FDA deeming regulations update: PMTA approval process finalized
Earlier today, the U.S. Food and Drug Administration (FDA) issued a press release announcing the completion of its guidelines for the Pre-Market Tobacco Application (PMTA) process. Though the FDA deeming regulations of the 2016 regarding federal oversight of the e-cigarette and vaping industries is nothing new, the PMTA process itself has remained only partially defined.
With no definitive PMTA pathway for approval clearly detailed within the original multi-page document of the FDA deeming regulations, vape retailers and wholesalers around the world have been left largely in the lurch. The original verbiage only states that any vaping companies wanting to sell vapor products in the USA to submit an application for approval on all products originally released to market after February 2007.
However, numerous questions immediately began to surface regarding the FDA’s initial demands for supporting documentation that would accompany the PMTA, and FDA officials didn’t know how to answer most of them. So, the FDA began issuing a series of deadline extensions, which enraged anti-vaping activists and eventually, a whole lot of politicians on Capitol Hill.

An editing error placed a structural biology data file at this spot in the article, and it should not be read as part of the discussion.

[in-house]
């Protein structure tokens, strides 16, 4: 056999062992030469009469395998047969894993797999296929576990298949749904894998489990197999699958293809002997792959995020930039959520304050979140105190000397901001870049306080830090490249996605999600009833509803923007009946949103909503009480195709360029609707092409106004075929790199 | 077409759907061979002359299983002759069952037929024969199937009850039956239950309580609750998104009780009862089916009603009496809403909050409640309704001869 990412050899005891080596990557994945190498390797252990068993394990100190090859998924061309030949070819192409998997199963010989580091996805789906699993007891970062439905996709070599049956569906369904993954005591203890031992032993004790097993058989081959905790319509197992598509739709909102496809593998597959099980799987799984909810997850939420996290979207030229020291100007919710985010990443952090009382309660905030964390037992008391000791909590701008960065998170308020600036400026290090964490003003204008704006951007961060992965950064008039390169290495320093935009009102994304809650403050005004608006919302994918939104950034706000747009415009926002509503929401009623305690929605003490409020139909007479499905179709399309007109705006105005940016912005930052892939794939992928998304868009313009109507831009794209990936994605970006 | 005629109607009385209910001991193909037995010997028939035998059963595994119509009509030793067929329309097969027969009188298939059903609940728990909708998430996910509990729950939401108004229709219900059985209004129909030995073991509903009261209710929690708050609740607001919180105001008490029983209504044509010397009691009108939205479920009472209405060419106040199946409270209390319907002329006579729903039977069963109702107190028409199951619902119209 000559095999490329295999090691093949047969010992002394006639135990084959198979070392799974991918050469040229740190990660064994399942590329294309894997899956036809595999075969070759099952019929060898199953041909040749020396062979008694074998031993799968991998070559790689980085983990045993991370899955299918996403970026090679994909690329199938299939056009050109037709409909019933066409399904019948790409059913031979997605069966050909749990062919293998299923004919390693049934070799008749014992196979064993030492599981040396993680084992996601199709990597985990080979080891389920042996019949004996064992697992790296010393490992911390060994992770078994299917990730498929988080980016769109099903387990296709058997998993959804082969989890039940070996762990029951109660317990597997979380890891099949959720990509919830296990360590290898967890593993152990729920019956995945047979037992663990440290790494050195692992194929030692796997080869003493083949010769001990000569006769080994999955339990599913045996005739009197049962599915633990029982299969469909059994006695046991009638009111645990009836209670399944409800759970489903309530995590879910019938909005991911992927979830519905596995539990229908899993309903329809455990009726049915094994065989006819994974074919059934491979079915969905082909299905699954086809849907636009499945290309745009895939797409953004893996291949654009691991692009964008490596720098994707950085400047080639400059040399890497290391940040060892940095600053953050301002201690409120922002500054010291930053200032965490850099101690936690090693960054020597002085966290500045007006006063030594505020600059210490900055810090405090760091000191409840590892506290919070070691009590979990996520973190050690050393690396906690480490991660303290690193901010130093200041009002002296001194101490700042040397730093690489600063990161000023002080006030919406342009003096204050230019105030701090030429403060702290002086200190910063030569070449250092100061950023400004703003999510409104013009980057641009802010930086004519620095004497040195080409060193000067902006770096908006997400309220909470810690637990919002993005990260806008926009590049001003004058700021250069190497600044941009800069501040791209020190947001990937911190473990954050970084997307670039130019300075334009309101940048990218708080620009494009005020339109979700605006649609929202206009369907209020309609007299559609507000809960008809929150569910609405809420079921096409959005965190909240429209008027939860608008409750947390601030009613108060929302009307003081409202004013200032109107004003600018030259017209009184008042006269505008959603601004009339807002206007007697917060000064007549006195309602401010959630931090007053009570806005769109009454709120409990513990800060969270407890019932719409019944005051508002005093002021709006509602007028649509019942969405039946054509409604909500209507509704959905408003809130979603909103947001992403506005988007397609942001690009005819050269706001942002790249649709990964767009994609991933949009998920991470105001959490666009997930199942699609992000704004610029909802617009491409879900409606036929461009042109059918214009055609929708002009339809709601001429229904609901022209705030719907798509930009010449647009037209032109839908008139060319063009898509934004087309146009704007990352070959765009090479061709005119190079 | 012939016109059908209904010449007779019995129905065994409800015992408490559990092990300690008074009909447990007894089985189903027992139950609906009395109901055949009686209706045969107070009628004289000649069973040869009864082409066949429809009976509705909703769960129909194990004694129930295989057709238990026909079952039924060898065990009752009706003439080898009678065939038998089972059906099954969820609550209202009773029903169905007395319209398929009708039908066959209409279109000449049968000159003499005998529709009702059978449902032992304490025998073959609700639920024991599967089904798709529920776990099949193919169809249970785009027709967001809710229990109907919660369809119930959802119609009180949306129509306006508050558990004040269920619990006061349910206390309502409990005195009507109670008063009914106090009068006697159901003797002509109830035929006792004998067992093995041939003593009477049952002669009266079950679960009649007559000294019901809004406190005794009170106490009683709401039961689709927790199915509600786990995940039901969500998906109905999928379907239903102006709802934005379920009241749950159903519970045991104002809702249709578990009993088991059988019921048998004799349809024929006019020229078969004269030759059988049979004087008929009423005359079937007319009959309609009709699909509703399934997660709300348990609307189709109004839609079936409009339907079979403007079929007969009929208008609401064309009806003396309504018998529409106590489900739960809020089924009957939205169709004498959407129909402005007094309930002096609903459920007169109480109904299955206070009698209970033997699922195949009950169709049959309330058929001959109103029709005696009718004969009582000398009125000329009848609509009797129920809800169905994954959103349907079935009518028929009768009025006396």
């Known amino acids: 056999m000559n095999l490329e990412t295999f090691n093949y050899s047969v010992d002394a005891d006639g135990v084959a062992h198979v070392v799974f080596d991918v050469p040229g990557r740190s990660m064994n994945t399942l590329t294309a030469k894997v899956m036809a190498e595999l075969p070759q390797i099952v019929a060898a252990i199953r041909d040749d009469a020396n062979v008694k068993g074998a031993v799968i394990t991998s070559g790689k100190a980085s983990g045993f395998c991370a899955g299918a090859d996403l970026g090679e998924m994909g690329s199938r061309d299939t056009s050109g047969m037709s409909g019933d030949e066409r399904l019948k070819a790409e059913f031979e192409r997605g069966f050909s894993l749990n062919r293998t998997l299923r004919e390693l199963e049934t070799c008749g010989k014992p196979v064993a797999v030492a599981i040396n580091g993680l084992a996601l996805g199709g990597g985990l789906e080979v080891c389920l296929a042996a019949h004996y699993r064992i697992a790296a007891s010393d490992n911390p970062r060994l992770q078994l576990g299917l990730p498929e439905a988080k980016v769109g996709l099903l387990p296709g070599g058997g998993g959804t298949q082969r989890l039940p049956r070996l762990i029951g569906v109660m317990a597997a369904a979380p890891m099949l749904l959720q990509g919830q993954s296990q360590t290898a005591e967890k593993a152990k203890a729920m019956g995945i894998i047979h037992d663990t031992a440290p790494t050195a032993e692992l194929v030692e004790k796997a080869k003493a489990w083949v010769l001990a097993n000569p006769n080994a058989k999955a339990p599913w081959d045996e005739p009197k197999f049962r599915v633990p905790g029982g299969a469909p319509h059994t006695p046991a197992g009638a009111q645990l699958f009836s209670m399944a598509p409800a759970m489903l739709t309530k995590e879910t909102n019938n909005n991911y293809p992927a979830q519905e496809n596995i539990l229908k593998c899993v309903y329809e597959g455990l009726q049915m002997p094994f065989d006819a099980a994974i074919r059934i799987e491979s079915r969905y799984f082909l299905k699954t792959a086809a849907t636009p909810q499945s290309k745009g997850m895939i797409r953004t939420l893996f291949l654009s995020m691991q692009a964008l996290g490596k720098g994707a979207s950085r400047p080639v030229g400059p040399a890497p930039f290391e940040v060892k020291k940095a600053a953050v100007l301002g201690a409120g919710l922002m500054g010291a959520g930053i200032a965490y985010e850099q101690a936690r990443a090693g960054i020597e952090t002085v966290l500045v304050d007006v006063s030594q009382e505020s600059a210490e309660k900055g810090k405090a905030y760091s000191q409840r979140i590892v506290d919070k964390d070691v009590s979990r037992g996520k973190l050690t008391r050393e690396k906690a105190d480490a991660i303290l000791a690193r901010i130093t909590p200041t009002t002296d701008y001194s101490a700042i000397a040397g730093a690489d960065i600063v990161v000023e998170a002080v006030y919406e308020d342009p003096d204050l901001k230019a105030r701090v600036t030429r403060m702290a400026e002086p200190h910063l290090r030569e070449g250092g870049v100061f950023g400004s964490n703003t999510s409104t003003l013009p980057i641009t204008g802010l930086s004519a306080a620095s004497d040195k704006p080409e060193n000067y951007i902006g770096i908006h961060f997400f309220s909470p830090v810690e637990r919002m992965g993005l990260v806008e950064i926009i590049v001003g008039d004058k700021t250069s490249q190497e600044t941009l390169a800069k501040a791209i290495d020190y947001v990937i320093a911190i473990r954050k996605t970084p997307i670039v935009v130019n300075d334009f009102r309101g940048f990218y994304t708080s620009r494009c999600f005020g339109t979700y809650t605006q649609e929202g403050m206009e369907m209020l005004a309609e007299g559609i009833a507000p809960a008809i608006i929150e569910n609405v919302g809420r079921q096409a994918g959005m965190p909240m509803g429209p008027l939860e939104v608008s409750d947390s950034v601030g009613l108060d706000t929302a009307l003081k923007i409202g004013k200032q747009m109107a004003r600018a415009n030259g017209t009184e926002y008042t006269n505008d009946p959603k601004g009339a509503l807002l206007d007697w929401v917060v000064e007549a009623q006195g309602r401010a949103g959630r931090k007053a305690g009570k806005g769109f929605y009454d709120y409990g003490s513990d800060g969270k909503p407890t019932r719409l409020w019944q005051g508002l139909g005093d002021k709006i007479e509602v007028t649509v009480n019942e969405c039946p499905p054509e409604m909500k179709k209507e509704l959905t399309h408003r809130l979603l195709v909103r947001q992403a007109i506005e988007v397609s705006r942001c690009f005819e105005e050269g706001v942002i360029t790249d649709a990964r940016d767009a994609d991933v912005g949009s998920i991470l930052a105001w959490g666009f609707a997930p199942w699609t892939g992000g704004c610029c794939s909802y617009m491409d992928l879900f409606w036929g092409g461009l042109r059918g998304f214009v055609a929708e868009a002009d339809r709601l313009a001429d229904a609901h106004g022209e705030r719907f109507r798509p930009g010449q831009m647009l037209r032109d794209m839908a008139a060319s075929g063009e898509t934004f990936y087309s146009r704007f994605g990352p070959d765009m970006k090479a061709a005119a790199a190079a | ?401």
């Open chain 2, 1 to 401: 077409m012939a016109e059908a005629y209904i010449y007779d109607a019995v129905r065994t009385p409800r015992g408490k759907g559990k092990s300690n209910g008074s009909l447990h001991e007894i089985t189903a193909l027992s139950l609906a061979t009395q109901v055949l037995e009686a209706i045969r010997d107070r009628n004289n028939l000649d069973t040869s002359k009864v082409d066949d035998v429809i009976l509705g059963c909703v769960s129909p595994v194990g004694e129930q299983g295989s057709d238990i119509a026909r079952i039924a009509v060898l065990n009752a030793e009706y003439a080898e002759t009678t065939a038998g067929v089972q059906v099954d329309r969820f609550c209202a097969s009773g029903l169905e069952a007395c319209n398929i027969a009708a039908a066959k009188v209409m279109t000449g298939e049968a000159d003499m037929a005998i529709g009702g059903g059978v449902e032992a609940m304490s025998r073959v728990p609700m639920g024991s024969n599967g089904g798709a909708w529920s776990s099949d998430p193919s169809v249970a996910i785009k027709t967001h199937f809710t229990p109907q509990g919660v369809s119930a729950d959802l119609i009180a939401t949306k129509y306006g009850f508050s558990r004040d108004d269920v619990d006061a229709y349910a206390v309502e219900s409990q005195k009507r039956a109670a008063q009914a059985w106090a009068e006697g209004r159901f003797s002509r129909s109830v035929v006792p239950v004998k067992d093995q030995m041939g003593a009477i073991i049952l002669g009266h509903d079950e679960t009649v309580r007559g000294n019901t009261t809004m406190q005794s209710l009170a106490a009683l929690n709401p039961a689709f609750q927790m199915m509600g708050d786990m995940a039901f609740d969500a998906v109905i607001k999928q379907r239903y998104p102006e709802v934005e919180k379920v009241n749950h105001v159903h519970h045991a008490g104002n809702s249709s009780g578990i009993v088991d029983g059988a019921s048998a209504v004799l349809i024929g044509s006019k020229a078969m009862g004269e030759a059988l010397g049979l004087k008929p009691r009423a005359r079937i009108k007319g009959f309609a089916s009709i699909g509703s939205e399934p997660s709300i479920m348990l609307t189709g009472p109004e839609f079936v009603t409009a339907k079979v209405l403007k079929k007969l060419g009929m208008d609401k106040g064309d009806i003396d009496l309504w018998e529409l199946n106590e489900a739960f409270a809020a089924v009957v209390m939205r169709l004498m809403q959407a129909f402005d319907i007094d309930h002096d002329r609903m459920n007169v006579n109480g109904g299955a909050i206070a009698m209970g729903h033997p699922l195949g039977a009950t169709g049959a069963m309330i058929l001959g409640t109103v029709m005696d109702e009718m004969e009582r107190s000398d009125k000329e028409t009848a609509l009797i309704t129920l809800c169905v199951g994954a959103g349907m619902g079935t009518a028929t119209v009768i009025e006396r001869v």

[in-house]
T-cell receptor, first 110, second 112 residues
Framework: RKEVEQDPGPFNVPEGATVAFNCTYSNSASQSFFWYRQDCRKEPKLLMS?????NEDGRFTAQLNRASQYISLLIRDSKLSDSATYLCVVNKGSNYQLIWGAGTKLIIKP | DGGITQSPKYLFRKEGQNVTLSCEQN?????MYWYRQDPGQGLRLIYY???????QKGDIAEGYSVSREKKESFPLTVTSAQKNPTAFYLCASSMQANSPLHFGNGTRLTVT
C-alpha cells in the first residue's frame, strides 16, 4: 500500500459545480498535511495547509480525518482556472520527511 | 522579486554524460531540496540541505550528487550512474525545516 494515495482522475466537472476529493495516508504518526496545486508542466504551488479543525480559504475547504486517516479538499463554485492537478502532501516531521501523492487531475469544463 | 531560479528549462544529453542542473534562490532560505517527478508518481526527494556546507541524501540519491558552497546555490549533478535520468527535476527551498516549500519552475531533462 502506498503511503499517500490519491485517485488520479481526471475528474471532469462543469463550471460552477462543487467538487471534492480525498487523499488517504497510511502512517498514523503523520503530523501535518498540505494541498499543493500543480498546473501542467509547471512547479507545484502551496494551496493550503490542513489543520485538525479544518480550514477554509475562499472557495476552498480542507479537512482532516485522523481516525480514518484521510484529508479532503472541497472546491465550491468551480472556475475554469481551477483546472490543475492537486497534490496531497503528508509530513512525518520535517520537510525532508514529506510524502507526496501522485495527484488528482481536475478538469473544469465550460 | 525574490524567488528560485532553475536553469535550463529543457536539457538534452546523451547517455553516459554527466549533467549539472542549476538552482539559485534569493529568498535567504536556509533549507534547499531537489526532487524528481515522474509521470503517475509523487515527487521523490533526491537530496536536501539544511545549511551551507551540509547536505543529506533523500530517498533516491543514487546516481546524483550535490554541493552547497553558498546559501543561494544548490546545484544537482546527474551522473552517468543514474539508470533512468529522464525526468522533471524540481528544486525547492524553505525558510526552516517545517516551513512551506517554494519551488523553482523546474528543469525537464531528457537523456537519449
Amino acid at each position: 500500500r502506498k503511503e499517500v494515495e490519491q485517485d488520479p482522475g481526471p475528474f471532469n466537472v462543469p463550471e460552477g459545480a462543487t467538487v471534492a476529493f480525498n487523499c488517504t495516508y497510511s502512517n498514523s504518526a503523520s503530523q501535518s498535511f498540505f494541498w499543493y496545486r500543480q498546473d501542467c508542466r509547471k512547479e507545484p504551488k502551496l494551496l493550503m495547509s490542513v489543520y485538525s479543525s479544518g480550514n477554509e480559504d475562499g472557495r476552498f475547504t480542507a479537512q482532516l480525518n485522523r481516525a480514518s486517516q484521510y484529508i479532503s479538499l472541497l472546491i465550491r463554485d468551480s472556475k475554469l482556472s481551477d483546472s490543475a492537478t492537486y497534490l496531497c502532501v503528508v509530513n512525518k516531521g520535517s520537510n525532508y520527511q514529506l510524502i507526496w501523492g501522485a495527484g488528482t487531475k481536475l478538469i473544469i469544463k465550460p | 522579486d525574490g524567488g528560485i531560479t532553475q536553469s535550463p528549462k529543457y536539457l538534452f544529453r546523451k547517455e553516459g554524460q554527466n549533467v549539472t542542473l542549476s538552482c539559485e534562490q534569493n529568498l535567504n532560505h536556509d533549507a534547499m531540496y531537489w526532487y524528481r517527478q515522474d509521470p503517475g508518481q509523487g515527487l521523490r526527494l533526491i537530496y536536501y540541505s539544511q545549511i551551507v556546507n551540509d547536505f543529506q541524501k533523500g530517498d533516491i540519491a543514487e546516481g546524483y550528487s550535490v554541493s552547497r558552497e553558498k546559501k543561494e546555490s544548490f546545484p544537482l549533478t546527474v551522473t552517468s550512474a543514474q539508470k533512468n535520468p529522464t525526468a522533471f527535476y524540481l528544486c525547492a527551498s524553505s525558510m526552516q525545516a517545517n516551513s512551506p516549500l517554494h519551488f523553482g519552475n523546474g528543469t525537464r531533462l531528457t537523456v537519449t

Related Article: Vaping cheers as Gottlieb extends FDA e-cig regulations to 2022
The initial deadline for PMTA submission of August 2018 has been extended at least twice by the former FDA Commissioner Scott Gottlieb. The current deadline is August 2022, which seems to be still intact. Gottlieb’s replacement, Acting FDA Commissioner Ned Sharpless, issued the following statement which does not specifically identify a new or revised submission date.
The release of the completed guidelines arrives about one month after a Maryland District Court judge ruled against a lawsuit filed against the FDA by the American Academy of Pediatrics and other public health advocacy groups. Judge Paul W. Grimm’s ruling document (Case No.: PWG-18-883) essentially says that the FDA acted illegally by allowing vapor and e-cigarette products to remain on the market until March 2022 without an approved PMTA. The judge also gave the plaintiffs 14-days to propose recommended remedial actions to the FDA, and less than 30-days later, the FDA published its updated PMTA guidelines.